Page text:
There are many “flavors” of homeschooling.  We call them methods.  The method you choose will be based on what you want your atmosphere and experience to look like in your homeschool.  We hope that these summaries will help you find the flavor that fits you and your children best!


  • Traditional Textbook – For those of us who attended public school, we are very familiar with this method.  This one is (1) Traditional and (2) uses a Textbook.  Usually, the curriculum company offers a Student Textbook and a Teacher Manual or copy of the Textbook, which often includes a script as well as the answers to the questions in the student’s textbook/workbook.  Many parents choose this method for subjects like grammar and math because they trust that their student will not have as many gaps in these subjects by sticking with the same curriculum company throughout their homeschool years.  Some options for the Traditional Textbook method:  Rod & Staff, Saxon, Math-U-See.
  • Classical – The Classical method is based on the three stages of learning, called the Trivium. The three stages are:  Stage 1Grammar Stage – roughly grades 1-4.  In this stage, children learn facts, are filled with knowledge, and memorize lists (such as the names of all the US Presidents).  Stage 2Logic Stage – approximately grades 5-8.  In this stage, reasoning and logic are applied to their knowledge from stage 1.  They learn where these facts fit into the big picture (such as when those presidents were in office and what they did while in office).  Stage 3Rhetoric Stage – grades 9-12.  This stage applies wisdom and judgment to the knowledge.  Basically, they begin to form their own opinions and make their own judgments about the things they are learning.  Some examples of classical curricula are Memoria Press and Peace Hill Press (Story of the World).  There is also Classical Conversations, a classical “community”, for doing some classical group learning and presentations.  We recommend The Well Trained Mind, by Susan Wise Bauer, as a resource for learning more about a classical education!
  • Charlotte Mason – Charlotte Mason was an educator in the late 1800’s and early 1900’s. Her philosophy of education is based on the idea that a child is a whole person.  She taught that educating the whole person was done by “spreading a feast” of subjects in front of the child.  It is a rigorous education that is teacher directed.  A Charlotte Mason education pursues a wide variety of subjects, including art, music, composer and picture studies, nature study, foreign languages, handicrafts, poetry, and classic literature…and more!  Subjects are studied using “living books” instead of textbooks.  The difference is shown in reading a textbook with the life cycle of an apple tree versus reading a book that tells the story of Little Johnny visiting his Grandma, which includes the life cycle of the apple tree in the midst of the tales of his travels through the woods from his house to hers.  Some examples are A Gentle,, and a wonderful resource is the podcast from A Delectable Education, who also offers personalized help putting a CM education together for your children!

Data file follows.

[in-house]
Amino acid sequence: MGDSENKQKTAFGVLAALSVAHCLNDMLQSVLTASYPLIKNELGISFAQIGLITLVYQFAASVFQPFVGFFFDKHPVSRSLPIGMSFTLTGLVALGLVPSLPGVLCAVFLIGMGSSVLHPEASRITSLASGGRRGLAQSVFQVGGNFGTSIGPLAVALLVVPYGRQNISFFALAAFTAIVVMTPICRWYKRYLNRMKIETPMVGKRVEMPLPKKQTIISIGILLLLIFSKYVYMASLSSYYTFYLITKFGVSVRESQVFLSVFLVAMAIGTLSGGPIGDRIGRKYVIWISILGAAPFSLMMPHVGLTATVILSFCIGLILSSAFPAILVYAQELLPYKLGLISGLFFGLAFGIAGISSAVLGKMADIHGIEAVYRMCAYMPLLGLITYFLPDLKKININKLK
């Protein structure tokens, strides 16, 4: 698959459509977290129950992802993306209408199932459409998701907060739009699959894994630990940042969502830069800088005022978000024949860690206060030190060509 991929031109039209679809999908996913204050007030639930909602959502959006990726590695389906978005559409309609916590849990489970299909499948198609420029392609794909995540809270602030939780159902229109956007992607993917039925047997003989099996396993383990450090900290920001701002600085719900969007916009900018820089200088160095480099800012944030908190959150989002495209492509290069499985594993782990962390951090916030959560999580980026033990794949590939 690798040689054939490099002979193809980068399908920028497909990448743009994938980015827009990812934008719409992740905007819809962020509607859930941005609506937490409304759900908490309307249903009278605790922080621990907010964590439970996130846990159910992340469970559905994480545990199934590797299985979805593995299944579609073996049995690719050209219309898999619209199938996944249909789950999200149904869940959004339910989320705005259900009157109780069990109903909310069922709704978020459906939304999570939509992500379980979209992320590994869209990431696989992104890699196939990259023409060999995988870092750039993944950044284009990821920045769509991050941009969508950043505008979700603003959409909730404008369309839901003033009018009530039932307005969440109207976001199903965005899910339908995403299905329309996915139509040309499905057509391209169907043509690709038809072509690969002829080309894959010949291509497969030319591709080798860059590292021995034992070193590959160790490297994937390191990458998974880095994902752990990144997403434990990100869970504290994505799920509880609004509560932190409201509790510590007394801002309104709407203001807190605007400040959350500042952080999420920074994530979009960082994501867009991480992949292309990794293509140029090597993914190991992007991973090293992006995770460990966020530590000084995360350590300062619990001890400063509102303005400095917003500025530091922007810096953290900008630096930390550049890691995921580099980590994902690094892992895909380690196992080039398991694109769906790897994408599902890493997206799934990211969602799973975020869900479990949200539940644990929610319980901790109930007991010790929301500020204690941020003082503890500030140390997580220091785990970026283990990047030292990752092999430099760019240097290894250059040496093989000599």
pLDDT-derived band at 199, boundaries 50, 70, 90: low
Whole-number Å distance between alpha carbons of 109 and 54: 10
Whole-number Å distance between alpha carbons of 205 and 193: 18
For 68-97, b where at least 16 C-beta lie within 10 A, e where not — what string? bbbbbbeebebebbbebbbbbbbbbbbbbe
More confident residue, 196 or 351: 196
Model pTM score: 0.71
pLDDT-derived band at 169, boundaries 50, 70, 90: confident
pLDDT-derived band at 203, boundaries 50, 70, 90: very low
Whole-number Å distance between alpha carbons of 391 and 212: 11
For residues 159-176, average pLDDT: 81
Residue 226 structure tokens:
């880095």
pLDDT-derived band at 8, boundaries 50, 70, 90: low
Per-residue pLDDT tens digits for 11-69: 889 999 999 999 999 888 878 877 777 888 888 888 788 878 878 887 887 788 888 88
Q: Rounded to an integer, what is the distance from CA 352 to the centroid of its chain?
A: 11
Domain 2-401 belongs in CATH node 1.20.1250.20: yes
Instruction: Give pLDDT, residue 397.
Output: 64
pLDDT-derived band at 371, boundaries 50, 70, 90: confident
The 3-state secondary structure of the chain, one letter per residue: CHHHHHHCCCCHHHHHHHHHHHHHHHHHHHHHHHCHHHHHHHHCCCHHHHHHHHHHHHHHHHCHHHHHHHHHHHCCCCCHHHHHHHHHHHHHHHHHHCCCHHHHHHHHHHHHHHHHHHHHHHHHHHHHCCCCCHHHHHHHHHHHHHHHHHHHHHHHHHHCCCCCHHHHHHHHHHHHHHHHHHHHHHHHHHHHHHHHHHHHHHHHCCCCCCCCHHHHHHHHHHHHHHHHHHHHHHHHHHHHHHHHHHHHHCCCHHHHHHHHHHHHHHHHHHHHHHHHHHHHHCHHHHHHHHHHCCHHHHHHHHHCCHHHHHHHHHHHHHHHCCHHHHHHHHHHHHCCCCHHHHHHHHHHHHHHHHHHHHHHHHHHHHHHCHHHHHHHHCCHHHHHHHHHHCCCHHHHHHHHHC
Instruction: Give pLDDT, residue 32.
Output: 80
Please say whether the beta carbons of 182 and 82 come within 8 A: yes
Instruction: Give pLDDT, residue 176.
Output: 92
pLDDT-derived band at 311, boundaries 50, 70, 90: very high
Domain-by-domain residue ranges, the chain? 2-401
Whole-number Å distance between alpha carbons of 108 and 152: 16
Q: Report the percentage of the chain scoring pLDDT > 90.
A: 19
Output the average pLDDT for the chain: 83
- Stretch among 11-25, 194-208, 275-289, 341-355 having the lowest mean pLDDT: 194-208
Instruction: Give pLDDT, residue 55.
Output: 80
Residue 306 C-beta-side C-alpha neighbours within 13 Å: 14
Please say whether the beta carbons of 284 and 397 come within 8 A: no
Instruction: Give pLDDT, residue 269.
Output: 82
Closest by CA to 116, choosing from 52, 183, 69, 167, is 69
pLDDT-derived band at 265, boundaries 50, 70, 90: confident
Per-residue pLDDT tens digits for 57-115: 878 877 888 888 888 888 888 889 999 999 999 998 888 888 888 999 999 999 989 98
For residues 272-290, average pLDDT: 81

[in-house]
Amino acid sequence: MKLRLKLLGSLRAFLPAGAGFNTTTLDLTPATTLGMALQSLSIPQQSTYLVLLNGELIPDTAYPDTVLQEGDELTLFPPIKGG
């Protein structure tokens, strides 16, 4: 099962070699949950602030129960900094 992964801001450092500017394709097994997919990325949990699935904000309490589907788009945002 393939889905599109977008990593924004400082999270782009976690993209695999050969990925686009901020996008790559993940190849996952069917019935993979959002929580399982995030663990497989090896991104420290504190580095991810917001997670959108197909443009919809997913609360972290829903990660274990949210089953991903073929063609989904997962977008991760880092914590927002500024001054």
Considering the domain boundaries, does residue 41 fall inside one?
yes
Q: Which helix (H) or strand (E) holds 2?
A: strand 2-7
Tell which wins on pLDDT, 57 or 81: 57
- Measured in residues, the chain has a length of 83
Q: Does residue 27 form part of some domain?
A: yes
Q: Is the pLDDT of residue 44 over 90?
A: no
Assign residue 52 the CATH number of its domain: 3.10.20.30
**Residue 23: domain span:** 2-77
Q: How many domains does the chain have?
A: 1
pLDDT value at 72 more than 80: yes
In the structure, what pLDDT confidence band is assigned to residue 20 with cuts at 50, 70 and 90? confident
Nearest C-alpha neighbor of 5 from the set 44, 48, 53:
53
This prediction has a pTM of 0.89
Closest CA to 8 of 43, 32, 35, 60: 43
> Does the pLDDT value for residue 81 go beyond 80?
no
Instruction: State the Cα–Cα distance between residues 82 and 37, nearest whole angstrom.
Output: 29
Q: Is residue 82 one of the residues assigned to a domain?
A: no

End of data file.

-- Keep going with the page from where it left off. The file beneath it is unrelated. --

• Unschooling – Many believe that unschooling means NOT educating your children, but this is a misconception. Unschooling is a flexible method of homeschooling based on your child’s interests.  Unschooling is considered “child-led” and can be busy for the teacher/parent.  It is usually done without specific curriculum.  If your child wants to learn about caterpillars this week, you’ll be responsible for finding materials to read, research, write, do science, history, math, and more…all about caterpillars.  Next week—if his/her interest changes to trains—you’ll seek out materials to do all the needed subject work on the new subject of interest.  Just remember that unschooling is not NOT teaching your children.
  • Unit Study – This one is similar to unschooling, in that all subjects are woven together by the topic, or unit, you are studying. It is different in that it is NOT usually child-led.  The teacher or the curriculum plans what is to be studied.  Some examples of unit studies are Tapestry of Grace, My Father’s World, and Beautiful Feet Books. 
  • Eclectic – The eclectic homeschooler may be one who uses a variety of the methods we’ve already mentioned, OR one who uses materials they find here and there and pieces it together themselves. They may use items such as a handwriting book from Dollar Tree, a math workbook found at Walmart, a kids’ chemistry set from Barnes & Noble, and a toy cash register for learning math while playing store.  Many longtime homeschoolers would call themselves eclectic because they have found that something different works for them for each subject!
  • Computer-based or Distance Education – There are many online options available these days for signing up for a class OR a full curriculum right from the comfort of your desk! Some options you may want to look into are Easy Peasy All In One Homeschool, Outschool, Abeka Distance Learning, etc.
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